In postmodern approaches to therapy there is an understanding that, as people, therapists, clients, or students, “we are constantly revising our stories and (…) we modify the meaning of events and relationships. Our personal narratives are fluid and they take place in the context of our interpersonal relationships and our linguistic exchanges with other people” (Tarragona, 2008, p. 171). When we look at experiences and understandings through the lens of narrative or text analogy, we begin to continually develop new and different stories, through engaging in reflective conversations, processes, in praxis, and through collaboration. In just the same way new understandings continually develop and unfold in the lives of people who come to therapy. The therapist and the client learn to review, revise, re-invent ideas and metaphors as we speak and relate.


Malinen (2012) writes,

(...) one thing that is common for these three ‘collaborationists’ is that they have no unified theories of human behaviours, personality, normative individual development, health and disease, or the causes of psychological problems. Instead, their theories can be considered a philosophical stance on the nature of knowledge, the social construction of reality, and the creative potential of language. (Malinen et al., 2012, p. 2)


This open approach to therapeutic work creates immense space for the reality of human changeability. I find this spaciousness extremely moving: emotionally moving as I experience its beauty, physically moving as I experience changes more easily in my physical being and location in the world (i.e. endings and changes in community and relationships), and psychologically moving as I experience the freedom to shift the sticky ideas and discourses in my perspective (i.e. self-concepts/images as new therapist, discourses on expertise and social work professionalism).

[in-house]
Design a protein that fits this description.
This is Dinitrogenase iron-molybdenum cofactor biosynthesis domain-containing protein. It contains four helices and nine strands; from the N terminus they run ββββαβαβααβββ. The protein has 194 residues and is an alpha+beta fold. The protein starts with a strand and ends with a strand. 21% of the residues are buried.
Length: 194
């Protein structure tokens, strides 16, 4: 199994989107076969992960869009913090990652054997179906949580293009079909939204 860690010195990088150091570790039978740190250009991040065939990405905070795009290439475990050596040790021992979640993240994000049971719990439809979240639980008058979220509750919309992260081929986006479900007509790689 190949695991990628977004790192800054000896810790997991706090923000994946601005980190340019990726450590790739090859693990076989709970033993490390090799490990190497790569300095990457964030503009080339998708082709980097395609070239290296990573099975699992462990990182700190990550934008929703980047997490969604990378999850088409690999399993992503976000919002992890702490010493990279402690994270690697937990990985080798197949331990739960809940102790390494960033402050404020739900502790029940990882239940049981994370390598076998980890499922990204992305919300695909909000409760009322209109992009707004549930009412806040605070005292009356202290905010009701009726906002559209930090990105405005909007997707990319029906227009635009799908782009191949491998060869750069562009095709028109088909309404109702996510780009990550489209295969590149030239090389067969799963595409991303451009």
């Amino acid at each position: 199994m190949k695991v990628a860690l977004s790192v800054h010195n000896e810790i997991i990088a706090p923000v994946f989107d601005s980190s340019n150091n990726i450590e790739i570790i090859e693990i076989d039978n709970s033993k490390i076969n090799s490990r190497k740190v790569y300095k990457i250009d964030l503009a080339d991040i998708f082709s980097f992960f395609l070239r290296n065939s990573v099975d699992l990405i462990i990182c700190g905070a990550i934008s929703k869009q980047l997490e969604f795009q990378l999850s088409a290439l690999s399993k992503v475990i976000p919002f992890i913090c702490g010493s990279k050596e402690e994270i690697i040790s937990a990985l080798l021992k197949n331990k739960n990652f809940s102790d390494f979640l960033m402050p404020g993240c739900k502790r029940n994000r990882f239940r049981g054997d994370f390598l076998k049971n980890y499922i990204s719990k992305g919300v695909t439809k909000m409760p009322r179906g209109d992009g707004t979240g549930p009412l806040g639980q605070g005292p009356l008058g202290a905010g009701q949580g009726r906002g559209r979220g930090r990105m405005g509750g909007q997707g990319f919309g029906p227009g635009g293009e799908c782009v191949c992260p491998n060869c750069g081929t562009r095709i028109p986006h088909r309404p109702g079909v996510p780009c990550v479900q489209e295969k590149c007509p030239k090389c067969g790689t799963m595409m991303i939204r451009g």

Movement and uncertainty are necessary to truly know and hear ourselves and each other. As Anderson and Goolishian (1988) write, “one’s theories of psychotherapy and social science are, fortunately, always changing as the language describing one’s social interaction and the conduct of one’s life changes through time” (p. 372).


Given this changeability, it is very difficult and maybe impossible to anticipate what we humans will do next, which in turn makes being agile and fluid ever more important.


When we treat “our therapies, as well as our practices of therapy (…) as temporary lenses rather than as representations that conform to a social reality, (we can) energize the search for more useful ways of thinking about, describing, and working with” (Anderson & Goolishian, 1988, p. 372). 

Wolska, 2017d, p. 4-5